In the end I hired some high speed camera's and filmed the machines working.
The air machines were throwing to the stop and the vise was closing but they were also bouncing off the stop and then closing short.
We tried higher pressures, too much bounce, lower pressures, not enough stroke then I found the answer.
I cut the bloody things up for scrap.

John S.</font>

John. I've owned several moogs. They held plus or minus .001 all day every day. The two main problems with moog accuracy was dirty oil and water in the air supply.


The trick to controlling an air cylander motion is to regulate the exhaust not the intake.

John Stevenson
08-21-2005, 06:57 PM
Regulation only causes delays.
If there were any future in this type of technology we would already have it.
Pneumatics isn't new and it's also one of the most wasteful forms of transmitting energy.

It does have a place but replacing stepper and servo motors isn't one of them.
Can you imagine a heavy machine table moving at 200 inches per minute then stopping at a given point accurate to 0.0001"

John s.

John S.

ibewgypsie
08-21-2005, 07:34 PM
John, I have saw different brands of robots moving items all day long, 24hrs a day. The bases where they got thier air feeds through now, they made me crazy with leaks.. them robots would go 360's and not wind up thier cables.

Servos are better. Quieter, easier to work with. You don't have to pay for a pump to build variable air pressure. Cost lots more money.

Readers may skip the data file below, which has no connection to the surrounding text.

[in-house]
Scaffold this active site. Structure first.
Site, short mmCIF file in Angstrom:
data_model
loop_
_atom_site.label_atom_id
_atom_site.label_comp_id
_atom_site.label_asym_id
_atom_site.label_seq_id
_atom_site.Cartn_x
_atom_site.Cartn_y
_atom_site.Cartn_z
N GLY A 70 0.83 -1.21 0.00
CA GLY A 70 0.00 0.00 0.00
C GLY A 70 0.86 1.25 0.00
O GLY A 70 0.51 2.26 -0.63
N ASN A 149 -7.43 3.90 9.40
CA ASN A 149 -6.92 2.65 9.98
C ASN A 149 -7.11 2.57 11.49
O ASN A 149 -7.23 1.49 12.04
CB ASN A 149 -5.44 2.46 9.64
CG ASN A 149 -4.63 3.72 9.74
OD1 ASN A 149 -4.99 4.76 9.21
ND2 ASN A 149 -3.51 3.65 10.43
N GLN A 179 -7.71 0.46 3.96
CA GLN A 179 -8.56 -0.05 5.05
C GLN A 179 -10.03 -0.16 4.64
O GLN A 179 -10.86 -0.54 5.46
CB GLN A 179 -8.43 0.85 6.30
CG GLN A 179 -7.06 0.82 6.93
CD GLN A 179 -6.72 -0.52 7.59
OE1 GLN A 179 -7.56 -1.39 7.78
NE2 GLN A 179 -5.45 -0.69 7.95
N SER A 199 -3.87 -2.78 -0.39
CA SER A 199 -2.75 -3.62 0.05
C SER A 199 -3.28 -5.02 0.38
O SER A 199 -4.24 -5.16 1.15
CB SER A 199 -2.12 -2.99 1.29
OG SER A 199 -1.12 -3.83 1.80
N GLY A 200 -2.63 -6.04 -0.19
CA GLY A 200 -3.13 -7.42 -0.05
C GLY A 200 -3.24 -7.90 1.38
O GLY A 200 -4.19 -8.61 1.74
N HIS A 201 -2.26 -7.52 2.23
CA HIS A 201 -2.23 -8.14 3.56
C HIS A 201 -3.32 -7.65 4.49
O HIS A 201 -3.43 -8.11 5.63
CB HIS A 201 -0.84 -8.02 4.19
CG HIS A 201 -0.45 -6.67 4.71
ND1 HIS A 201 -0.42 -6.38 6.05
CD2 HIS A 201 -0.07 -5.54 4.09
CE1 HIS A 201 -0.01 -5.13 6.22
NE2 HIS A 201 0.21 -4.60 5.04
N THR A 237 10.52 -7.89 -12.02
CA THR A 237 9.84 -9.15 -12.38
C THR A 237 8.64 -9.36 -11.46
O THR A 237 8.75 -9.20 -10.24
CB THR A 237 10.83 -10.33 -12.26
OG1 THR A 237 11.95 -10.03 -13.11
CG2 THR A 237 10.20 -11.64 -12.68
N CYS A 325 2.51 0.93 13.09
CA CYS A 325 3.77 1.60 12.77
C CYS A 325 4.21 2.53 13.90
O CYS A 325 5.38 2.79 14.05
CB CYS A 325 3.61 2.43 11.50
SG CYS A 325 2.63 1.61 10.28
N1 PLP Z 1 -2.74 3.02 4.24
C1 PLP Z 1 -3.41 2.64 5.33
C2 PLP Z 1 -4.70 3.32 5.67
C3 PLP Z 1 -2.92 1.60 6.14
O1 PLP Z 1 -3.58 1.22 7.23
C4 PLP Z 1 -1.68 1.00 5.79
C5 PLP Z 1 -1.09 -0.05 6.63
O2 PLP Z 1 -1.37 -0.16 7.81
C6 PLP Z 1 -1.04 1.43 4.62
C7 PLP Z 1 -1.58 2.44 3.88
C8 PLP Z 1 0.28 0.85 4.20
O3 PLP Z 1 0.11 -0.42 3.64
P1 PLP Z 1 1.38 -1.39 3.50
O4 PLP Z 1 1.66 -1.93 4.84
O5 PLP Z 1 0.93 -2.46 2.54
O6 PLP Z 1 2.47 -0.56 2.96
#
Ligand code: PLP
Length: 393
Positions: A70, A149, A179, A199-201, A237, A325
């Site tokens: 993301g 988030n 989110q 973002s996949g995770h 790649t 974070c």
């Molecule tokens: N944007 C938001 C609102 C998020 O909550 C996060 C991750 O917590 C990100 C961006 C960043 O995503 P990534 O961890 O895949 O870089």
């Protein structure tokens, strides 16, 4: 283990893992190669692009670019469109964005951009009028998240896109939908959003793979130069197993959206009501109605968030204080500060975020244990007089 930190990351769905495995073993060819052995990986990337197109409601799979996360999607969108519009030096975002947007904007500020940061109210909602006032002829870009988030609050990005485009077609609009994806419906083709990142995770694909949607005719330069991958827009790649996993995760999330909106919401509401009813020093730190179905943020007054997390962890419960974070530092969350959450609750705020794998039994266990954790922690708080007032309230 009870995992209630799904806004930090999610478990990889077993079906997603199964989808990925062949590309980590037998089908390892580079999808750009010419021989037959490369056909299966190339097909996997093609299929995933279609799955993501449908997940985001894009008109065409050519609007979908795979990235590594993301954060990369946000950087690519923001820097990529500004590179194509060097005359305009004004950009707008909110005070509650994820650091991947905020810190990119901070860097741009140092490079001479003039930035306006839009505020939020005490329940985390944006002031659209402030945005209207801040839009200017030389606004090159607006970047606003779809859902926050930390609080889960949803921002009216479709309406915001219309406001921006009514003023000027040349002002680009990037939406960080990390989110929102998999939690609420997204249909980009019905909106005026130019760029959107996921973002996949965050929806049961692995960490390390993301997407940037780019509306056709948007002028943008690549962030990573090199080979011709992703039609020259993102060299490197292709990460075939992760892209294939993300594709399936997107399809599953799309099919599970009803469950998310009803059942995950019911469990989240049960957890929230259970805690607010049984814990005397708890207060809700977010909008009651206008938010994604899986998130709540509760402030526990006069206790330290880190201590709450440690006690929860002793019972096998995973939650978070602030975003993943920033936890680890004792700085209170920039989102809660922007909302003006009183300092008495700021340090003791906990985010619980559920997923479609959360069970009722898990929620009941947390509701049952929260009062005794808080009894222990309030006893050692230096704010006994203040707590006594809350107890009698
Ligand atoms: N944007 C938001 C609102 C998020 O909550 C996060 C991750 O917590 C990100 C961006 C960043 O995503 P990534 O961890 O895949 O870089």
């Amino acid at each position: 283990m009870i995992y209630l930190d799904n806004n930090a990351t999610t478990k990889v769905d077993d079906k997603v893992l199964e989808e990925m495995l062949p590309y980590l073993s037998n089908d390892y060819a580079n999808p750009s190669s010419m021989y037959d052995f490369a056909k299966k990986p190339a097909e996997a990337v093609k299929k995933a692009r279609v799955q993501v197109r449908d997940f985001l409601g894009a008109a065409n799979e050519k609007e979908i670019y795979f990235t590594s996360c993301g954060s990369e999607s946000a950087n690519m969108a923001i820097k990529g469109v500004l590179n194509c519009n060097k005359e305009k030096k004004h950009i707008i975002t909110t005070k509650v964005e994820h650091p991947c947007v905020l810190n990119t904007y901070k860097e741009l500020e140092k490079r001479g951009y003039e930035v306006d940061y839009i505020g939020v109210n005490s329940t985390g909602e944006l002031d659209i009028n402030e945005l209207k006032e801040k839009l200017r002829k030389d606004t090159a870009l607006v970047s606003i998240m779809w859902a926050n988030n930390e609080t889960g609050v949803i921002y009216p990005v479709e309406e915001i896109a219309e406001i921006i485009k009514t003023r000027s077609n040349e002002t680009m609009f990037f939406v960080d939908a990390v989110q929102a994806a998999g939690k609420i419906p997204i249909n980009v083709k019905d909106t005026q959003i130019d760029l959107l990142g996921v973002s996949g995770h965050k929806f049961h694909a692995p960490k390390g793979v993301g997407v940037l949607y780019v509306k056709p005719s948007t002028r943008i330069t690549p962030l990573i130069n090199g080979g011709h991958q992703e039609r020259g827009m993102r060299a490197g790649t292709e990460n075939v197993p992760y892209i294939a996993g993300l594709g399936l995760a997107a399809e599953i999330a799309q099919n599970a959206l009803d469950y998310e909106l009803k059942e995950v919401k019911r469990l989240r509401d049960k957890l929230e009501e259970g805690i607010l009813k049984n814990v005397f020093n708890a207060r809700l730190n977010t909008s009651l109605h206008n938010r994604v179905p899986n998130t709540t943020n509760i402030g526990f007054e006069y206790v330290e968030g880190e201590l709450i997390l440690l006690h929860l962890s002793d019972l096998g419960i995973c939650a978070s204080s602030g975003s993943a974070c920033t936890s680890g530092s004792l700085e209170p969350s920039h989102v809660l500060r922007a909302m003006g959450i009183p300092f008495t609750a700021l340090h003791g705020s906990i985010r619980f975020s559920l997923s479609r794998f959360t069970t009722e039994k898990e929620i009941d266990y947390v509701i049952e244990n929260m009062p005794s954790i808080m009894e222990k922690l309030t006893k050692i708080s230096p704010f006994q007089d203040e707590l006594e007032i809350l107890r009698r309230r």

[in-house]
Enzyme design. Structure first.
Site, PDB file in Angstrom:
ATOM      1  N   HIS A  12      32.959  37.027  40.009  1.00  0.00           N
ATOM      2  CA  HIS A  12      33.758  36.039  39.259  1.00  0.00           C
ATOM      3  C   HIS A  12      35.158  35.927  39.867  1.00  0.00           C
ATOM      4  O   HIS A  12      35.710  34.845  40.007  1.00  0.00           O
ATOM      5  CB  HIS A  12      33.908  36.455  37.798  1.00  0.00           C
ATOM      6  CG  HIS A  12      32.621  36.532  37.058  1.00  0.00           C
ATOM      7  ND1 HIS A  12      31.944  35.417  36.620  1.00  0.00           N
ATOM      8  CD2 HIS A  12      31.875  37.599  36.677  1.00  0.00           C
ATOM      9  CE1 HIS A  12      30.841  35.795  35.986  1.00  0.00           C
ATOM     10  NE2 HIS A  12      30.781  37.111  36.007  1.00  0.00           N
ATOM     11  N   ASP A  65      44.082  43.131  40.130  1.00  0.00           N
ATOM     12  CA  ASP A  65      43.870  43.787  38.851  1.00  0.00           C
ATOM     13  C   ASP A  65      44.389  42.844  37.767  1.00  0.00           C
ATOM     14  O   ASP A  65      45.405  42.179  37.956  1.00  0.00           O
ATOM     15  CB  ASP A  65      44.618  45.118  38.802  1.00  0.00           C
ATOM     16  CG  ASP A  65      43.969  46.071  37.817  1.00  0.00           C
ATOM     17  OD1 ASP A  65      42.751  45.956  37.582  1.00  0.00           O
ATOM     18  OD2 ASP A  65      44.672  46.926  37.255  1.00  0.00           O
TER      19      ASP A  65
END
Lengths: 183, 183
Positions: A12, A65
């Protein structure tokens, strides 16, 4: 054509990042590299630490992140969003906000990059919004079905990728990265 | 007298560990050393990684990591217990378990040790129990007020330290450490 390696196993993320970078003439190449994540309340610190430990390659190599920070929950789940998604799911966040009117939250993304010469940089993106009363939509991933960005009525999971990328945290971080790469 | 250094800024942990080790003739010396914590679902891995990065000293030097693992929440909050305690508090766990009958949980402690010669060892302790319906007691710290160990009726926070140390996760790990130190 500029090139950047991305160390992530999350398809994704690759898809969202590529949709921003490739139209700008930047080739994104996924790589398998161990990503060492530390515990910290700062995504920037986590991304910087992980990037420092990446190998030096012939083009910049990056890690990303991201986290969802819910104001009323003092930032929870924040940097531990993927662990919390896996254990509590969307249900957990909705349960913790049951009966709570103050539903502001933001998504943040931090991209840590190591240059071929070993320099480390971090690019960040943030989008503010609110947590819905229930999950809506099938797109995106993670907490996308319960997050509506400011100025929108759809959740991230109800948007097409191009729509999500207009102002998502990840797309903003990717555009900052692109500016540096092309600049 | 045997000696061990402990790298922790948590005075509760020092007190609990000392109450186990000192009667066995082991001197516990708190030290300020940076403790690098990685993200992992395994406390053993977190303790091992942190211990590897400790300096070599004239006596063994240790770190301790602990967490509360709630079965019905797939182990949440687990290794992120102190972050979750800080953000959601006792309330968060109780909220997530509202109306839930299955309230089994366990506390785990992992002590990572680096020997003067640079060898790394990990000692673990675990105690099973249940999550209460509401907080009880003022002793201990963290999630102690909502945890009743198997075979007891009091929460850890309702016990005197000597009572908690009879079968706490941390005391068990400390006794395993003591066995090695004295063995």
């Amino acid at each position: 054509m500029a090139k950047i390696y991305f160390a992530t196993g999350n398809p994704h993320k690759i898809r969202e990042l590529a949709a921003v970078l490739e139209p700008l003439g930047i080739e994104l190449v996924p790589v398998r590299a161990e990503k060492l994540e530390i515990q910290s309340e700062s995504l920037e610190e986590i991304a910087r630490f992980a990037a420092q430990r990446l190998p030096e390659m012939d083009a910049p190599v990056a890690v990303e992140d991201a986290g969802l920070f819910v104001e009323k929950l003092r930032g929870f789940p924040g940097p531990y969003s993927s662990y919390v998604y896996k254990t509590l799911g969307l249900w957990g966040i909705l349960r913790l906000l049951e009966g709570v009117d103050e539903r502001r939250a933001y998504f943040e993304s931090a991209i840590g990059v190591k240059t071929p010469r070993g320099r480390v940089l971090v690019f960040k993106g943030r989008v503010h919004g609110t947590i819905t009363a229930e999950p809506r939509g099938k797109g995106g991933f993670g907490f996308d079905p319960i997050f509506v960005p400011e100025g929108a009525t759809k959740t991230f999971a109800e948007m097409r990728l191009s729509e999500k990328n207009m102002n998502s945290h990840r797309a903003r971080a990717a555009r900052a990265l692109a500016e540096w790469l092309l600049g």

Yeah Air is not for every application. Air over oil solved a cylinder bouncing for one of my projects. I used I think three gallons of vegetable oil. Yes it gets hot enough to boil being forced through a orifice.

A piston engine is a positive movement, not a varible linear movement like a cylinder.
I'm going to play, you know how my air-motored shaper turned out don't you? I got them air motors scheduled for something else now the shaper hit the junkmans truck.

David

Stanko
08-22-2005, 04:28 AM
Ibew, now that the airmotor idea has been shot to pieces why not use 3 solenoids to replace the cylinders. When they are energised they go clunk and stay put. with a sensor on the crank you could determine when it had reached the end of the stroke and sequence the next coil. Or you could buy a F&P smartdrive motor (an enormous stepper that powers a washing machine) and mess with that. Cheers Mike

Swarf&Sparks
08-22-2005, 06:51 AM
Stanko, do you know where I can find any tech info on those F&P motors? Fisher & Paykel are pretty common here, plenty of dead'uns available. My first question would be, how many pulses per rev? Drivers and control logic I can figure out (I think) http://bbs.homeshopmachinist.net//biggrin.gif
Rgds, Lin

ibewgypsie
08-22-2005, 10:10 AM
http://www.engineair.com.au/images/crossectiona.gif
http://www.engineair.com.au/
http://www.airoil.com/airmotor.jpg
http://www.airoil.com/ai02002.htm

Stanko
08-22-2005, 03:03 PM
<font face="Verdana, Arial" size="2">Originally posted by Swarf&Sparks:
Stanko, do you know where I can find any tech info on those F&P motors? Fisher & Paykel are pretty common here, plenty of dead'uns available. My first question would be, how many pulses per rev? Drivers and control logic I can figure out (I think) http://bbs.homeshopmachinist.net//biggrin.gif
Rgds, Lin</font>

Here is a start http://www.thebackshed.com/windmill/assembly.asp
I havnt had one of these motors (there is one in the washing machine, but we use that for clothes washing) there is a link to another site with more info. Alot of these are made into generators for country folk